Nasthalthia AKA Nasty was supposedly Luthor's niece by his previously unknown/unrevealed older sister who married an "European" man which apparently so scandalized the Luthors that they disowned her too!

Makes you wonder how awful young Lena's life with them was. After all, they lied to her about her brother, changed her name and basically brainwashed into accepting their new "reality".

These are BAD parents!

 

  • Were Luthor's parents partly to blame for his moral collapse? IIRC, they abandoned him rather quickly, changed their name to Thorul and lied to their daughter, Lena about it. Hardly Parents-Of-The-Year candidates. Makes you wonder what Ma and Pa Kent thought about them!

I always figured Luthor's parents did those things because they were afraid of him (with good reason!) and saw him as a bad seed. 

 

  • Why didn't Luthor have a Silver Age outfit beyond his prison-grays? Was he proud of his outlaw status?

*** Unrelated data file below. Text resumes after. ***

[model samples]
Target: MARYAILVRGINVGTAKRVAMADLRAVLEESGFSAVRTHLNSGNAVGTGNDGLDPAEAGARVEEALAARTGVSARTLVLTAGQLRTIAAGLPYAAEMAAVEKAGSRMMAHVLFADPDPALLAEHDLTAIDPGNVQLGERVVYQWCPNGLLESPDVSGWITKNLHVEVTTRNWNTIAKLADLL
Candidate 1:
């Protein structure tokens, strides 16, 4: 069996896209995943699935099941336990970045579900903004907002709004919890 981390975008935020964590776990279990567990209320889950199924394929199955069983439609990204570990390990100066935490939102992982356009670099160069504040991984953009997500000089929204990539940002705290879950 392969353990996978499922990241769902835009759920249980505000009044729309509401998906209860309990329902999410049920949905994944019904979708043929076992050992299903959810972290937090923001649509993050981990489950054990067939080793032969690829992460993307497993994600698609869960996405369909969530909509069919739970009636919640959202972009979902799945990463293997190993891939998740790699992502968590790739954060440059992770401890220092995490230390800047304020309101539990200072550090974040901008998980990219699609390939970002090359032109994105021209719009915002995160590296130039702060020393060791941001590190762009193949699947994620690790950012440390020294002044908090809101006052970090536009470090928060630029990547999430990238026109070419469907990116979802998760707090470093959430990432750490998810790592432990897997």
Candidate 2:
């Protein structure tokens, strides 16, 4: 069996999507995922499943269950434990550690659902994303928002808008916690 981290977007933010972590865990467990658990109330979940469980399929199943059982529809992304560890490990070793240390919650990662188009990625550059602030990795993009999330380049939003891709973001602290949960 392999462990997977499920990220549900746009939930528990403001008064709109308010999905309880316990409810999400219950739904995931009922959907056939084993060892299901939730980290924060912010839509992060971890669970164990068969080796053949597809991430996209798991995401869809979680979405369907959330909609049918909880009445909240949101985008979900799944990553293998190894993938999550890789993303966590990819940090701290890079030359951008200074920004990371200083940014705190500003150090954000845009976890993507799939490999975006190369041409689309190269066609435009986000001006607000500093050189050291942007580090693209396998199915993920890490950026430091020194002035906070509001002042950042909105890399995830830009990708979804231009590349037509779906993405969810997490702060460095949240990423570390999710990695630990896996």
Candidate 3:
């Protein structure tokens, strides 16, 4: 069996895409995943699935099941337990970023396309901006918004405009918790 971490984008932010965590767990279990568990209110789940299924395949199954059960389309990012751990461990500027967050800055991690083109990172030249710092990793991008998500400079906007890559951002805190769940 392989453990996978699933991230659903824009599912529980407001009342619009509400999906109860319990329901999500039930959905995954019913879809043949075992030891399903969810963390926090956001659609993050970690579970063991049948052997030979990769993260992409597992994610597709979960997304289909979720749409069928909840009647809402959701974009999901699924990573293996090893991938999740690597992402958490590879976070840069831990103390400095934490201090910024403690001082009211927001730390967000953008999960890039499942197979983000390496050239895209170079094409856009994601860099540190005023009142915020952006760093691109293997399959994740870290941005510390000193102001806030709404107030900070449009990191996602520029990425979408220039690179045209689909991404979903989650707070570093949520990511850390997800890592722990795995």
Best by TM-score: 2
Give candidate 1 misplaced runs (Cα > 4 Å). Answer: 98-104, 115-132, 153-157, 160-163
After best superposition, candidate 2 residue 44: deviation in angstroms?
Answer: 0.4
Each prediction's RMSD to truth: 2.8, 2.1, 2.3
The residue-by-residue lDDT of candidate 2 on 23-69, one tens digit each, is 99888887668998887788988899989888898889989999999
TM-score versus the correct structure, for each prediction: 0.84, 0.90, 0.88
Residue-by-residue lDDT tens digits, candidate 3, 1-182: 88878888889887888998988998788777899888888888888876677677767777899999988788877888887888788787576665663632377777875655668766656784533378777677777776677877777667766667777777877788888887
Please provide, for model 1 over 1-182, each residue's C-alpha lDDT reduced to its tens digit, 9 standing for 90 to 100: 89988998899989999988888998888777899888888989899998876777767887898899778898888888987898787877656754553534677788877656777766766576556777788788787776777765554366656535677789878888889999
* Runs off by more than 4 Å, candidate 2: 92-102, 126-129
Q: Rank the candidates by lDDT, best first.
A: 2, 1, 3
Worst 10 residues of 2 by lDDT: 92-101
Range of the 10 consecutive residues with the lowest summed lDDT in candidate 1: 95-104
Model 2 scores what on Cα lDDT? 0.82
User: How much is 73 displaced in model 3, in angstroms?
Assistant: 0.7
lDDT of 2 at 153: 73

I always figured Luthor wore prison greys all the time because he wasn't vain -- at least, not about his appearance. Likewise with the bald head, which was enough of a "costume."

 

  • What was Luthor's ultimate plan? To kill Superman? To take over Metropolis? America? The world? All worlds? Did he have an endgoal?

Luthor's ultimate plan always seemed to be nothing less than Superman's humiliation and nothing more than Superman's death. 

 

  • Was his first name ever given as "Alexander"?

I don't believe I ever saw Luthor's name given as "Alexander" until Crisis On Infinite Earths came along.

 

  • He was Bizarro's "daddy". Did that ever come up again?

Funny, but I don't think it did.

 

  • Was he DC's Reed Richards? Could he have enlarged Kandor? Cured Metamorpho? Do any of the things that the heroes couldn't do?

 

Dave Blanchard said:

Luthor was most definitely not DC's Reed Richards. A better case could be made that Victor Von Doom was Marvel's Lex Luthor. Lex could probably have invented anything he wanted to, but his hatred for Superman blinded his creative abilities to the extent that he basically wasted his talents on doomed-to-failure schemes to outwit the Man of Steel.